iReport is CNN’s platform for user-generated content, where non-journalists submit video stories, the best of which are broadcast on the news channel.
The update comes five years after iReport was launched and, according to CNN’s post, now has a community of “nearly a million people”.
Last month at news:rewired – connected journalism, CNN digital producer Dominique van Heerden shared some interesting statistics on iReport, such as that CNN had published 912,000 iReports since its launch, with 15,000 iReports published on average every month and 2.4 million unique users in June 2011.
In an article on the new version iReport, lostremote’s Natan Edelsburg said the aim was “to create the largest ‘social network for news,’ according to Lila King, participation director at CNN”.
CNN today announced it was launching its first ever iReport Awards, to celebrate the contributions of its citizen journalist iReporters and recognise the “most extraordinary iReport stories of 2010”.
There are six award categories in total – breaking news, compelling imagery, commentary, interviewing, original reporting and personal stories.
Our producers looked at hundreds of iReports to find the most amazing stories, and then we worked with our friends at CNN, CNN International and CNN.com to choose the five nominees in each category. It was a tough job, with hours spent agonizing over the lists. Picking the winners will be even tougher, so we’ve recruited a talented group of judges to make the final call.
Visitors to the site can also vote for the winner of a separate Community Choice Award until 7 March. The winners will be announced in March.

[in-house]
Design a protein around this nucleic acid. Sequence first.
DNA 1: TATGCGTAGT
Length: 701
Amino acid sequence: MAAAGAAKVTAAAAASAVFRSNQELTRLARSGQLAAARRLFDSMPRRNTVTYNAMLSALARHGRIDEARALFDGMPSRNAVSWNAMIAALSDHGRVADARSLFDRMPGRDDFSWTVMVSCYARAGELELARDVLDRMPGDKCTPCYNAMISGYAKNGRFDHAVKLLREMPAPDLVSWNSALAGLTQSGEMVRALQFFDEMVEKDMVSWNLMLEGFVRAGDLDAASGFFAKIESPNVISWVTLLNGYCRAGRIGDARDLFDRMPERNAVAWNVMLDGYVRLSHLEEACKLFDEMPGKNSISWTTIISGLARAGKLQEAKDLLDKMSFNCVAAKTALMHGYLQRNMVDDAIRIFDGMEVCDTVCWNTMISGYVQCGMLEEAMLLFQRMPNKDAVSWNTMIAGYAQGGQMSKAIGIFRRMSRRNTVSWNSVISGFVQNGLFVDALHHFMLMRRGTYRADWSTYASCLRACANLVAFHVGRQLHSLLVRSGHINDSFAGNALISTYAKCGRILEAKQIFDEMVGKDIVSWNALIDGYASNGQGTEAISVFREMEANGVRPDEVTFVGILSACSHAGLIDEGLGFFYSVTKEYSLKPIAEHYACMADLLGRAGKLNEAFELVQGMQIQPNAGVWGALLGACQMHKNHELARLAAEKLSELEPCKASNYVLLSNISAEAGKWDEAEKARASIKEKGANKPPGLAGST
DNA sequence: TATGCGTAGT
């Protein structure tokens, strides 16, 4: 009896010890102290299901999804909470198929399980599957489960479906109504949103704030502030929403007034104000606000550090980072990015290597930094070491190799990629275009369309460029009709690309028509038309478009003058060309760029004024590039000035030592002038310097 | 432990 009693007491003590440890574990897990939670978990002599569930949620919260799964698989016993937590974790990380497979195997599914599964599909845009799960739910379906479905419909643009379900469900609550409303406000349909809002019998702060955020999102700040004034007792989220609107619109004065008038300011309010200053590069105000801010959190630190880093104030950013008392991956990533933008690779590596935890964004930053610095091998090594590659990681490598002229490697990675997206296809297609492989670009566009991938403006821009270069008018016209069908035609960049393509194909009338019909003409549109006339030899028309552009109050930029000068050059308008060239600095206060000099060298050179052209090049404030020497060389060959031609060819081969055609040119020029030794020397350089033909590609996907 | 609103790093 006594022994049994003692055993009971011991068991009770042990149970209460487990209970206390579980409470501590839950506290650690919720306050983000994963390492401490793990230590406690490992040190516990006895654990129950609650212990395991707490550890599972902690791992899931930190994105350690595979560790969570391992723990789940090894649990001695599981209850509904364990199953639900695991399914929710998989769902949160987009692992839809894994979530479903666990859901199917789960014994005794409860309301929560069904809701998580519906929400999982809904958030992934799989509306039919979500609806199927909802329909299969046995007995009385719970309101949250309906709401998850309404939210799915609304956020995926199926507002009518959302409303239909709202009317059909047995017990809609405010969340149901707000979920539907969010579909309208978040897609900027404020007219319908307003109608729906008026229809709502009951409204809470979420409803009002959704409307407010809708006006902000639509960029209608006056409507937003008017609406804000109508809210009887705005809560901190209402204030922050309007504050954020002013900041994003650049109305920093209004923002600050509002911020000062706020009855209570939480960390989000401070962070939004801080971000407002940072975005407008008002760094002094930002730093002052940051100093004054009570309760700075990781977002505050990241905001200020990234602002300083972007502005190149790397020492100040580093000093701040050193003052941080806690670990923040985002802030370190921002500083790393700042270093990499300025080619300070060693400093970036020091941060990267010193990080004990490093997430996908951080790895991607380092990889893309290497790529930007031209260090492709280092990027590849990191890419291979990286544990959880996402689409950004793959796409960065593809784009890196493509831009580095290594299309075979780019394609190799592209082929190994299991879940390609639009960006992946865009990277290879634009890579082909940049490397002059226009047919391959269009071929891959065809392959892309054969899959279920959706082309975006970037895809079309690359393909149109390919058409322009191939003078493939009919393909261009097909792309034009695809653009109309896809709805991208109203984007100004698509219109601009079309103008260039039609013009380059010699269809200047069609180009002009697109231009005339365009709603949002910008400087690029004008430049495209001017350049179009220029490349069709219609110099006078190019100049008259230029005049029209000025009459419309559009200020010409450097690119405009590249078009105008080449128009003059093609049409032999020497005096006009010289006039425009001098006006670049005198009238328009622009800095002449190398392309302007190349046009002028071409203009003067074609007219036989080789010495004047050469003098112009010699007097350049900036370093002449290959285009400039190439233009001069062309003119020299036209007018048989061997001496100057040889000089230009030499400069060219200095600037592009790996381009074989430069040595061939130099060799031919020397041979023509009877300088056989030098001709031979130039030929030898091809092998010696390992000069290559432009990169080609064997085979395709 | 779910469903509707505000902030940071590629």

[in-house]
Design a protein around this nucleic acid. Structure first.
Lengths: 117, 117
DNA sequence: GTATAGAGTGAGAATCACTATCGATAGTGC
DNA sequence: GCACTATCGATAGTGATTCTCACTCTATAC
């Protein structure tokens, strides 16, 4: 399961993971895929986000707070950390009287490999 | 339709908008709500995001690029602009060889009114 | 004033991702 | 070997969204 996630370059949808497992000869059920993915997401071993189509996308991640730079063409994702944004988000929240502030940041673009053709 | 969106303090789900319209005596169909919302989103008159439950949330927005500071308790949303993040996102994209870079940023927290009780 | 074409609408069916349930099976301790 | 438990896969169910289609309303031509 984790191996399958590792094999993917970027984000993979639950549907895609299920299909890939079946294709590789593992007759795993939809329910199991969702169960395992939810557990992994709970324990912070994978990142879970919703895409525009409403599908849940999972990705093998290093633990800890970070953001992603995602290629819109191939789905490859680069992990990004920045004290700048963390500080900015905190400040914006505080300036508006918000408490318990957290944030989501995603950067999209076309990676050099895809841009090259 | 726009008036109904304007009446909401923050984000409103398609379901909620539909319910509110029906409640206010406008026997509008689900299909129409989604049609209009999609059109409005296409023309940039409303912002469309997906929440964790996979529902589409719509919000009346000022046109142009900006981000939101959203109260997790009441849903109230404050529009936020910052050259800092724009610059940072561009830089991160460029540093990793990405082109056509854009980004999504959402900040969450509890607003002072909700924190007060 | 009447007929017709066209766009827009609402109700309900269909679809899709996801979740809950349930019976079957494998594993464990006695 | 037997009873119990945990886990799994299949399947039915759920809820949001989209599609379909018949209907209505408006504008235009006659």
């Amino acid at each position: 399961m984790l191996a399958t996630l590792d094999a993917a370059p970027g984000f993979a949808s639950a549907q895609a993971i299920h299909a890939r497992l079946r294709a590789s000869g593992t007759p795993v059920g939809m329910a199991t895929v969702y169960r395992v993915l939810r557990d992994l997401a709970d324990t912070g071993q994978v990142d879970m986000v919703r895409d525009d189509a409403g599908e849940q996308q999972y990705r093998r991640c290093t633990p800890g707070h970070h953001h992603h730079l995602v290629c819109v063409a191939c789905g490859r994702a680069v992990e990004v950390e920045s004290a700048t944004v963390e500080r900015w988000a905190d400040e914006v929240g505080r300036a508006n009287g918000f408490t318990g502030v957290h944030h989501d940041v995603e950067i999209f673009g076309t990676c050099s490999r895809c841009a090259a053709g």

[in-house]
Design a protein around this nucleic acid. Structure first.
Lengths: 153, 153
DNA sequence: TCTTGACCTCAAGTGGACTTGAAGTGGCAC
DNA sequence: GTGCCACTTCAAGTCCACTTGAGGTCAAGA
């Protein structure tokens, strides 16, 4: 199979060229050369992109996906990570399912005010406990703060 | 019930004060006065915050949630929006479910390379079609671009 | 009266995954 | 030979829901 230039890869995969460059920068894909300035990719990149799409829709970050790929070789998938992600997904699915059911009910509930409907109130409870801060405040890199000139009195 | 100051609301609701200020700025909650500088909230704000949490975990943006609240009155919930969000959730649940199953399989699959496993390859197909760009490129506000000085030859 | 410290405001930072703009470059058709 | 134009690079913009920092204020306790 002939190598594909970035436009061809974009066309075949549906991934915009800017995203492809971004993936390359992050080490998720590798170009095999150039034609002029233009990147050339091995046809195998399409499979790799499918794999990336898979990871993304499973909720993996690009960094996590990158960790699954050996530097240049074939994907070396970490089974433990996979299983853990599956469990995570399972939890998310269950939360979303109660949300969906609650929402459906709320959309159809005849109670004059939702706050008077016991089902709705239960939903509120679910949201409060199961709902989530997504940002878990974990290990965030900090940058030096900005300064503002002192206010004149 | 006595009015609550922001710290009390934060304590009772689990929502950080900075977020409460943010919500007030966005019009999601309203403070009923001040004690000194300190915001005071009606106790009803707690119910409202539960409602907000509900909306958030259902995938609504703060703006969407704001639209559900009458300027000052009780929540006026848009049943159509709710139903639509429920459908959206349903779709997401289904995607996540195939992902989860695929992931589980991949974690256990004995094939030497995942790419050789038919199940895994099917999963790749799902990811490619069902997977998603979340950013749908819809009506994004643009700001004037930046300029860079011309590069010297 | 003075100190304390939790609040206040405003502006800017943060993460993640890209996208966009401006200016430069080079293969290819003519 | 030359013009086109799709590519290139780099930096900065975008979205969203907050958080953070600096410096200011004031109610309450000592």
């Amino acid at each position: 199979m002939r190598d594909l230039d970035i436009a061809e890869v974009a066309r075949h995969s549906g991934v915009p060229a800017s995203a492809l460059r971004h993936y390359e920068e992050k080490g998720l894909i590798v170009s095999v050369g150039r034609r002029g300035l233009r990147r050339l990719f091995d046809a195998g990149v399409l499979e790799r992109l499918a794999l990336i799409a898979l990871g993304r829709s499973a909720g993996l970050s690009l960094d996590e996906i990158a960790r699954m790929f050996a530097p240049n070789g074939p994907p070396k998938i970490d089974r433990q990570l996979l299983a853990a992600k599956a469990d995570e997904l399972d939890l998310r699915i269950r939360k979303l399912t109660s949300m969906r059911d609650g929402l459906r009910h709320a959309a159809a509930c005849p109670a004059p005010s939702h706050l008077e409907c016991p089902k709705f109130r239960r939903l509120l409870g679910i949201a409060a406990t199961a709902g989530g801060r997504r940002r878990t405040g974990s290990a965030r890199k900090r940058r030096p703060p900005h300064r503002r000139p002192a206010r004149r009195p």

A week on since a devastating earthquake struck Haiti, how are news websites covering the story? What tools are being used and how are media organisations helping those affected with information on top of news for a wider audience?
Here’s a selection of sites that have made the most of multimedia tools to break and roll reports of the crisis. Please add your own examples in the comment space below or email Journalism.co.uk.
Unsurprisingly, the earthquake took out all the landline and mobile phone lines in Haiti immediately. This obviously disabled the country spectacularly – as well as the pressing issue of not being able to speak to each other, it meant that Haitians were not able to speak to the rest of the world. As a result, the classic ways of gathering information for a rolling news channel – call everyone we know and find out what’s happening – were redundant. We had a map, and that was it.
Twitter, Google Chat, Skype and Facebook were used to contact sources and conduct interviews; while YouTube and searches of TwitPic provided on-the-ground footage. These tools were being picked up by the entire newsroom, Purser tells us, not just the online team. What’s more the geography of the newsroom (the online desk is right next to the studio floor, for example) helped grow the story across platforms, she adds.
Macguire describes how some of the first video footage of the disaster was sent back to London by a Reuters’ videographer thanks to a “friendly embassy” in Port au Prince with an internet connection.
Helping to find the missing
Online news coverage and multimedia from Haiti has been used to locate missing persons by relatives. CNN in particular is using its citizen journalism site iReport to help connect people with family, friends and loved ones in Haiti.
An ‘assignment’ on the iReport site asks users to submit photos of missing people, including their last name, first name, age, city and any other significant details. So far, 6,753 iReports have been sent in for this assignment.
“We are also in the process of integrating incoming e-mails, phone calls to CNN and tweets to the #haitimissing hashtag,” a CNN spokesman said – helping individuals conduct a wider search for information about missing loved ones.
“Since the earthquake hit, the Impact Your World page has had an increase of 7,545 per cent in page views over the previous week. The site lists opportunities to donate via phone, text and website, with special sections devoted to texting and international currencies.”